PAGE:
19. 19. @alextheedom Factory Pattern •Problem! Multiple concrete implementations public class CoffeeMachine implements DrinksMachine { // Implementation code } public class SoftDrinksMachine implements DrinksMachine { // Implementation code } public class CoffeeMachine implements DrinksMachine { // Implementation code } public class SoftDrinksMachine implements DrinksMachine { // Implementation code } @Inject DrinksMachine drinksMachine; @Inject DrinksMachine drinksMachine; •Which DrinksMachine to inject? ?!?
  20. 20. @alextheedom Factory Pattern •Solution! Qualifiers @Qualifier @Retention(RetentionPolicy.RUNTIME) @Target({ElementType.METHOD, ElementType.FIELD}) public @interface SoftDrink @Qualifier @Retention(RetentionPolicy.RUNTIME) @Target({ElementType.METHOD, ElementType.FIELD}) public @interface SoftDrink @Qualifier @Retention(RetentionPolicy.RUNTIME) @Target({ElementType.METHOD, ElementType.FIELD}) public @interface Coffee @Qualifier @Retention(RetentionPolicy.RUNTIME) @Target({ElementType.METHOD, ElementType.FIELD}) public @interface Coffee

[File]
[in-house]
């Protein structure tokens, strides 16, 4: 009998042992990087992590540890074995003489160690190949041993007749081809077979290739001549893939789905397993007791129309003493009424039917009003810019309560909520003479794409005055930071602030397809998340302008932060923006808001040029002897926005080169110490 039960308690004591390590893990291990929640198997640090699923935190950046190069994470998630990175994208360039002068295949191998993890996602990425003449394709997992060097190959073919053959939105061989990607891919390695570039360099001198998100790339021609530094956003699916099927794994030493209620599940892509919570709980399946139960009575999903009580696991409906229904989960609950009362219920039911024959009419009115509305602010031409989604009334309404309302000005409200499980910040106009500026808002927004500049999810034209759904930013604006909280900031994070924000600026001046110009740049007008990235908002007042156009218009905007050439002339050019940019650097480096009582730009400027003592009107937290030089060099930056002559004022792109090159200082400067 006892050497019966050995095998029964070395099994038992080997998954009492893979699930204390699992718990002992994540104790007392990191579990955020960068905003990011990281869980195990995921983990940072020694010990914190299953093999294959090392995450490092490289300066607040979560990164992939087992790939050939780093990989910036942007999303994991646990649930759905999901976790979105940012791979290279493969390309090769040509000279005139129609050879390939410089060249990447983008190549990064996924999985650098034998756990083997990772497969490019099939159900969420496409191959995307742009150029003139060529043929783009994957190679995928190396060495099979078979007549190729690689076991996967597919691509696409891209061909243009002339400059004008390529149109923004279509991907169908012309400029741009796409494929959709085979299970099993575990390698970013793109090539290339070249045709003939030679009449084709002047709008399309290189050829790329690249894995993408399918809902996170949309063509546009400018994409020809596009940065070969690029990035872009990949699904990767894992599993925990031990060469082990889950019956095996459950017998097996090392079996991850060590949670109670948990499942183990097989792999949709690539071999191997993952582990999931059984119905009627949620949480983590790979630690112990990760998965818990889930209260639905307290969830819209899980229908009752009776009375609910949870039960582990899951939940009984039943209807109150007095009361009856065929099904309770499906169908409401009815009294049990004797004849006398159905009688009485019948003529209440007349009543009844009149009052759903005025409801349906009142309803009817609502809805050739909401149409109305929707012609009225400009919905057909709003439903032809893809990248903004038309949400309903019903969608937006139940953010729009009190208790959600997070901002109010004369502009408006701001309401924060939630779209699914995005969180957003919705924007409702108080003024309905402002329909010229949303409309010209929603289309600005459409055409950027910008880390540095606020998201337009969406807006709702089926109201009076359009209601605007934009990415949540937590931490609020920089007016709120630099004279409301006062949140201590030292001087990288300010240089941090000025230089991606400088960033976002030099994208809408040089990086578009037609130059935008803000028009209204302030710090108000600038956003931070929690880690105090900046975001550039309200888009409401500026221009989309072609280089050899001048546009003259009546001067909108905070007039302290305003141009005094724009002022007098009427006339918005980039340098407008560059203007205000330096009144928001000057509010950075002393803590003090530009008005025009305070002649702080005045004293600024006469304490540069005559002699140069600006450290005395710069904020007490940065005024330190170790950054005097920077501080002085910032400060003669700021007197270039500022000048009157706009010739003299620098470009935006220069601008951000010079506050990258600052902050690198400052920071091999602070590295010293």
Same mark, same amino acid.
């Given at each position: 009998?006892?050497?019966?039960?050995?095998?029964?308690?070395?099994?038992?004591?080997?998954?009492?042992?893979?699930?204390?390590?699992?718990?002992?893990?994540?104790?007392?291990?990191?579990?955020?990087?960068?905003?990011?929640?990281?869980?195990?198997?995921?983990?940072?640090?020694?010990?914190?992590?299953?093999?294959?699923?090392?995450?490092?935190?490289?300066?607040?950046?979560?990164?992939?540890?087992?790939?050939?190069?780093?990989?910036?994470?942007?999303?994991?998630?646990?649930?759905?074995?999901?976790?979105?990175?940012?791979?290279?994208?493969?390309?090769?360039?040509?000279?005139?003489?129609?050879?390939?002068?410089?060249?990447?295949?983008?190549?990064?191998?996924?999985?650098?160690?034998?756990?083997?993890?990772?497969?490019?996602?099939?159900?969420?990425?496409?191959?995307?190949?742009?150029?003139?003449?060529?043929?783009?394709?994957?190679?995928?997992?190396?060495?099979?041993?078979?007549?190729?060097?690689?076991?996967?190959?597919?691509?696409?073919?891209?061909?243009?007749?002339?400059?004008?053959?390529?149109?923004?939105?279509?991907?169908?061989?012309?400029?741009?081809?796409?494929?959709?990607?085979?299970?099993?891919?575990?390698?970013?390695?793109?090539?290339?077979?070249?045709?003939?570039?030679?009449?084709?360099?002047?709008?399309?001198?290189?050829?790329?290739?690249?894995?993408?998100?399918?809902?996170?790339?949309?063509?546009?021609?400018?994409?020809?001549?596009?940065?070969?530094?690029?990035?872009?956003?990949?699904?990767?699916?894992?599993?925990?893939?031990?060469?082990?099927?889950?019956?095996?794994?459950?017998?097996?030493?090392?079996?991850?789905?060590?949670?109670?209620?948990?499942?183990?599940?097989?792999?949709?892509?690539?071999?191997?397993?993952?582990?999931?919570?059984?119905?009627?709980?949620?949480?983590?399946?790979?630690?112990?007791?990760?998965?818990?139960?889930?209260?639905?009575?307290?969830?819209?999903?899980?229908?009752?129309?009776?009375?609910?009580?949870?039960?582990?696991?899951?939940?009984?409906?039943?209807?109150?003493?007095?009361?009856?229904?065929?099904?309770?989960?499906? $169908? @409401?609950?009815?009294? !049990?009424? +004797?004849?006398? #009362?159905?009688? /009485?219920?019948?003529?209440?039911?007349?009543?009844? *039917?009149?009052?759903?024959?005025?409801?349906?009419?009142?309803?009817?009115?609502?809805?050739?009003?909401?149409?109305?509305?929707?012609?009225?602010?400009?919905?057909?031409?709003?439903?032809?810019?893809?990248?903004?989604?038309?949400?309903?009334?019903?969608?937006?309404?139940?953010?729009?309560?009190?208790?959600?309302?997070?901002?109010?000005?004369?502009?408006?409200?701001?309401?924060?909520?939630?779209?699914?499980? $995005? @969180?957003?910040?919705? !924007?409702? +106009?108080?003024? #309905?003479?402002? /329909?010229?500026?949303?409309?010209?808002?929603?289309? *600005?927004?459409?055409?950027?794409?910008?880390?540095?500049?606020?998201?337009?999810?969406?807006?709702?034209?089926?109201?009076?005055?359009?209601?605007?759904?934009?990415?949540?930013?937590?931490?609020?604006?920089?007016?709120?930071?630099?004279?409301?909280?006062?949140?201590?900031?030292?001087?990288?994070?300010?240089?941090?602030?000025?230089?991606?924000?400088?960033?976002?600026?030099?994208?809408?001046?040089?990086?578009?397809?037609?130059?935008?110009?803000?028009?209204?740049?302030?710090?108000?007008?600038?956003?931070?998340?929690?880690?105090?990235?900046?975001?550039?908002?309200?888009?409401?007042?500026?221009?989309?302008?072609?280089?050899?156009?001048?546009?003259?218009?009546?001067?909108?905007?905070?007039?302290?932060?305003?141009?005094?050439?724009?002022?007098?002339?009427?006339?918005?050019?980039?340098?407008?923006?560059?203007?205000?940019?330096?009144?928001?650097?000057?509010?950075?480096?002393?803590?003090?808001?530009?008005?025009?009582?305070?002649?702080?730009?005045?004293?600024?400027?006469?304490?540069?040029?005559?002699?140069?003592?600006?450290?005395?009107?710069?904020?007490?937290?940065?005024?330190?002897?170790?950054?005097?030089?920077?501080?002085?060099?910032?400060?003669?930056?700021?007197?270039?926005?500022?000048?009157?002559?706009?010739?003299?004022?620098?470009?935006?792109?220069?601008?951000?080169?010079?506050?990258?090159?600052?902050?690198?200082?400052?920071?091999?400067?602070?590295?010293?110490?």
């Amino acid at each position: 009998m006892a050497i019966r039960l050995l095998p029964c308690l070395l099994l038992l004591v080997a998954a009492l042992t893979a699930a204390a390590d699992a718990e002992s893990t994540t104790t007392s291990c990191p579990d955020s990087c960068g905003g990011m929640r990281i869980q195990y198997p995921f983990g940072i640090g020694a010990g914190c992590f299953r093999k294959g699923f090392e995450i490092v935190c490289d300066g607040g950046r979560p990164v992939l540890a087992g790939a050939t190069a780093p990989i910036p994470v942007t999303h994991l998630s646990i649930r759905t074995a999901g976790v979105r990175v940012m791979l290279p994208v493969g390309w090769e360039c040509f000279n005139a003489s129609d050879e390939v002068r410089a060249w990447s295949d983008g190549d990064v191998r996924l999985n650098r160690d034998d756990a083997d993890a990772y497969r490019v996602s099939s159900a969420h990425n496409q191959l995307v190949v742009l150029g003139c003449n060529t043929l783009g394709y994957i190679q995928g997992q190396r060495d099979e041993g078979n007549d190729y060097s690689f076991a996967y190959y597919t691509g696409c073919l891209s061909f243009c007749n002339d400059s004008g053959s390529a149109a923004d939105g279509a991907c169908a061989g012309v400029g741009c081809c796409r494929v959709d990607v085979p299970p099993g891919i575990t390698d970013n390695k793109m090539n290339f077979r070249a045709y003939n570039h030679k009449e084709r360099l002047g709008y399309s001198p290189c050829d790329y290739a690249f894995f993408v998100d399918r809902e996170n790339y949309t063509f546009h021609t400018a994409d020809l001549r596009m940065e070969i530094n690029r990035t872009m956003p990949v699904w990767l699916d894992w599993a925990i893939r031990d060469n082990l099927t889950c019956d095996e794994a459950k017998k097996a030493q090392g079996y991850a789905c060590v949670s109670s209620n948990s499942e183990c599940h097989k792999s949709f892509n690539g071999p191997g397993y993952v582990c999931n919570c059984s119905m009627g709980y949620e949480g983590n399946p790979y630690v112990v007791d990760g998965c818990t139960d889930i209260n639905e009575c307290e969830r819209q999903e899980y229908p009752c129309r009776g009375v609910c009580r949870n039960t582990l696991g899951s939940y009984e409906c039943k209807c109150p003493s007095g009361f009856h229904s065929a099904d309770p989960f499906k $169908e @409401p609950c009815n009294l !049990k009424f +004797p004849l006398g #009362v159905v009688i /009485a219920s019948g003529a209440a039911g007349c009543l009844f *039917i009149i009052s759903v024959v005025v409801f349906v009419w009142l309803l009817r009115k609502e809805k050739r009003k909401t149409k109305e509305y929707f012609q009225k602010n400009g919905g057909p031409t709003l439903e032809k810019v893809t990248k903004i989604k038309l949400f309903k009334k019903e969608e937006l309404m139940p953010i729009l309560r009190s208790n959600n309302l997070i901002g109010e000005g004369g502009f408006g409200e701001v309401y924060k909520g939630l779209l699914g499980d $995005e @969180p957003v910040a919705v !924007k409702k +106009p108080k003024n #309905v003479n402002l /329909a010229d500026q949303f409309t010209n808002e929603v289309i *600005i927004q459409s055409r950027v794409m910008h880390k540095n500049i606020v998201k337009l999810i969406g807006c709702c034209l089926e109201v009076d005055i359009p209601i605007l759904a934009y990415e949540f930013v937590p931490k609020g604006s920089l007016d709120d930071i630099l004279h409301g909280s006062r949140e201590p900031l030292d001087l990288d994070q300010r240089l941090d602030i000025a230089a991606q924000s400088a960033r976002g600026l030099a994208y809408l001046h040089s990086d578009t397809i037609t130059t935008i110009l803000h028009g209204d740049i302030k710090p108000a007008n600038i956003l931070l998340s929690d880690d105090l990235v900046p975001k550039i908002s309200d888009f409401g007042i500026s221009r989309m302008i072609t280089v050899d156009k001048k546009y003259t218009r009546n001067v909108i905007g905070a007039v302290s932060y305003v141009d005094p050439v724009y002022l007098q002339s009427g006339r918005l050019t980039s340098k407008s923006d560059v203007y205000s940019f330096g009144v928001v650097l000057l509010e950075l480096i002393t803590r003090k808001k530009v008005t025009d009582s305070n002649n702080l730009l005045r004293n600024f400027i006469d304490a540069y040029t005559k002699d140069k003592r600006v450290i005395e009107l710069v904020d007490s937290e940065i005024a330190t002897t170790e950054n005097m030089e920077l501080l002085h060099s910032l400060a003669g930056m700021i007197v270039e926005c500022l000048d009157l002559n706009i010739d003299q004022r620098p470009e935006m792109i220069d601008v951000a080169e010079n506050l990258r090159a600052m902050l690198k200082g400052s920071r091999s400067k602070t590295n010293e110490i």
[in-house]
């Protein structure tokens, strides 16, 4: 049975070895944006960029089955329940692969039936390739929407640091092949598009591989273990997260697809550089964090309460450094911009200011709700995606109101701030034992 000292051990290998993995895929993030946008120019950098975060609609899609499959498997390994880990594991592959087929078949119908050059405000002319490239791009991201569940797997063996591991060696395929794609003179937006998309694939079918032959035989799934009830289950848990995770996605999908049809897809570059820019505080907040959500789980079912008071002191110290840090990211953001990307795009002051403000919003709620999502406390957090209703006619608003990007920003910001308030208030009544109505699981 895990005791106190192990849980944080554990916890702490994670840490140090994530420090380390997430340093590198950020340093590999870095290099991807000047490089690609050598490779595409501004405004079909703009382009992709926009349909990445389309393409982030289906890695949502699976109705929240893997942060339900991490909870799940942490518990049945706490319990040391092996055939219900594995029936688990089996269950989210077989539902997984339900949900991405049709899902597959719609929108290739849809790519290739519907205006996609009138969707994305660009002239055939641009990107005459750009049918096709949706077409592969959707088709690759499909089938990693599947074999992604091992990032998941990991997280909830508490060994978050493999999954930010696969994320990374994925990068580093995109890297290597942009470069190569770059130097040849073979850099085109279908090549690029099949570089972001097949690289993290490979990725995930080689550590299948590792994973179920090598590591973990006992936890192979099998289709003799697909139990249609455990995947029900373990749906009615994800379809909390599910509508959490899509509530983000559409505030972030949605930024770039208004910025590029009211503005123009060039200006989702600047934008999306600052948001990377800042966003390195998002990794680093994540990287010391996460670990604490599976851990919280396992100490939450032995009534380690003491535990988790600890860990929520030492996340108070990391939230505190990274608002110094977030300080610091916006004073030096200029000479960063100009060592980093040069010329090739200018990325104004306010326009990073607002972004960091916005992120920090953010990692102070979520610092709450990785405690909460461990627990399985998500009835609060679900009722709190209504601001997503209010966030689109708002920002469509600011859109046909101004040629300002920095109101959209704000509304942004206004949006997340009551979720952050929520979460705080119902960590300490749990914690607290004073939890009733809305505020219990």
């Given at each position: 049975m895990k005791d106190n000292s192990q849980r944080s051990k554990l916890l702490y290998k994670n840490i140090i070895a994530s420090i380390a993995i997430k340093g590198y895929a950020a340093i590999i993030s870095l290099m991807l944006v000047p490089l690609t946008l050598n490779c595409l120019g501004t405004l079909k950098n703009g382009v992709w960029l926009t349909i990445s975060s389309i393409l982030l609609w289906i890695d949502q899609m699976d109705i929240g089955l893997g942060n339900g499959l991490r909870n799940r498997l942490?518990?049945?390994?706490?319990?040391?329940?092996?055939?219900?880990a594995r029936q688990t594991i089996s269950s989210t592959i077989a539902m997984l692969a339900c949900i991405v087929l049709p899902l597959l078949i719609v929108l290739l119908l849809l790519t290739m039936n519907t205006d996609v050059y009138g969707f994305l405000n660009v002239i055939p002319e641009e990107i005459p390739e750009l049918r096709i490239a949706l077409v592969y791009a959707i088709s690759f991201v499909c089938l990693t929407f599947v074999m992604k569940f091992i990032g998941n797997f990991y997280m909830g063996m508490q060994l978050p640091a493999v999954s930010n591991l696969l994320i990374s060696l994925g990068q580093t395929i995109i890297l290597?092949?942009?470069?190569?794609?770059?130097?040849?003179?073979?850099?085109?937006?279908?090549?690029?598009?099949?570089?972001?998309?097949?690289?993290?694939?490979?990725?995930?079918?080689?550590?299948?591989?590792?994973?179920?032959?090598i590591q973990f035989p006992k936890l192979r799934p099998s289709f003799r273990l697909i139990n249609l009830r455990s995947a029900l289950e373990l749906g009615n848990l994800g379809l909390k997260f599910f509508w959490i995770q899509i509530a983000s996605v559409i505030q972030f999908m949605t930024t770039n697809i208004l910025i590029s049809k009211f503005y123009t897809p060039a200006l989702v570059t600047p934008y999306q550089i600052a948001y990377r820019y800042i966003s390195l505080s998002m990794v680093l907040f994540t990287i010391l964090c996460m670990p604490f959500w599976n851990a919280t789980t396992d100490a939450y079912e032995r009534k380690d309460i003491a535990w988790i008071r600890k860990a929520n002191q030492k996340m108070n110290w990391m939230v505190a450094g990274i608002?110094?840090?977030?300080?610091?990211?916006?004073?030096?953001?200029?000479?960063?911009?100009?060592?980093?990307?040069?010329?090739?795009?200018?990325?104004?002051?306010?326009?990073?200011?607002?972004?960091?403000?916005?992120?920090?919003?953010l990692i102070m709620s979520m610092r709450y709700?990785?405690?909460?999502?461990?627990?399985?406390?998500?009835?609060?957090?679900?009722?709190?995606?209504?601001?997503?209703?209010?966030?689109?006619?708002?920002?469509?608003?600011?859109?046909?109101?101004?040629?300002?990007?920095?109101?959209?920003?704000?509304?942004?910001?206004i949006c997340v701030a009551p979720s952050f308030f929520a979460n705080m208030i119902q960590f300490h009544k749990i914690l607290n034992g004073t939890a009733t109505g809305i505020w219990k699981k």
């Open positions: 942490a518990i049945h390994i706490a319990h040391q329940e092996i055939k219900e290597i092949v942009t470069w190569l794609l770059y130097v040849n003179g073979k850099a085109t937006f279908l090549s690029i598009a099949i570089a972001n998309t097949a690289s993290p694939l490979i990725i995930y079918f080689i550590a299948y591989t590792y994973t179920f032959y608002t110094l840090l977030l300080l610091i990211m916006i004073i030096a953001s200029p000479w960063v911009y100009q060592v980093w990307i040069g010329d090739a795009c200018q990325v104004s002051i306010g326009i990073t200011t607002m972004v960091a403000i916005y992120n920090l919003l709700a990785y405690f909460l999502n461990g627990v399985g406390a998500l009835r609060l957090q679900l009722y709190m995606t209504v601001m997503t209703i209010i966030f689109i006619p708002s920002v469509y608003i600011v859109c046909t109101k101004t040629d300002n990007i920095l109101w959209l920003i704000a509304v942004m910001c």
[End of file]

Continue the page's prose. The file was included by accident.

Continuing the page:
21. 21. @alextheedom Factory Pattern •Annotate respective classes @Coffee public class CoffeeMachine implements DrinksMachine { // Implementation code } @Coffee public class CoffeeMachine implements DrinksMachine { // Implementation code } @SoftDrink public class SoftDrinksMachine implements DrinksMachine { // Implementation code } @SoftDrink public class SoftDrinksMachine implements DrinksMachine { // Implementation code }
  22. 22. @alextheedom Factory Pattern •Annotate injection points @Inject @SoftDrink DrinksMachine softDrinksMachine; @Inject @SoftDrink DrinksMachine softDrinksMachine; @Inject @Coffee DrinksMachine coffeeDrinksMachine; @Inject @Coffee DrinksMachine coffeeDrinksMachine;
  23. 23. @alextheedom Factory Pattern •Remember •Only JSR299 beans are ‘injectable’ •But I want to inject a Collection type or Object with a parameterized constructor -> let’s dive deeper
  24. 24. @alextheedom Factory Pattern •Dive deeper •Producer methods •Use it like so: @History @Produces public List<Book> getLibrary(){ // Generate a List of books called 'library' return library; } @History @Produces public List<Book> getLibrary(){ // Generate a List of books called 'library' return library; } @History @Inject List<Books> library; @History @Inject List<Books> library;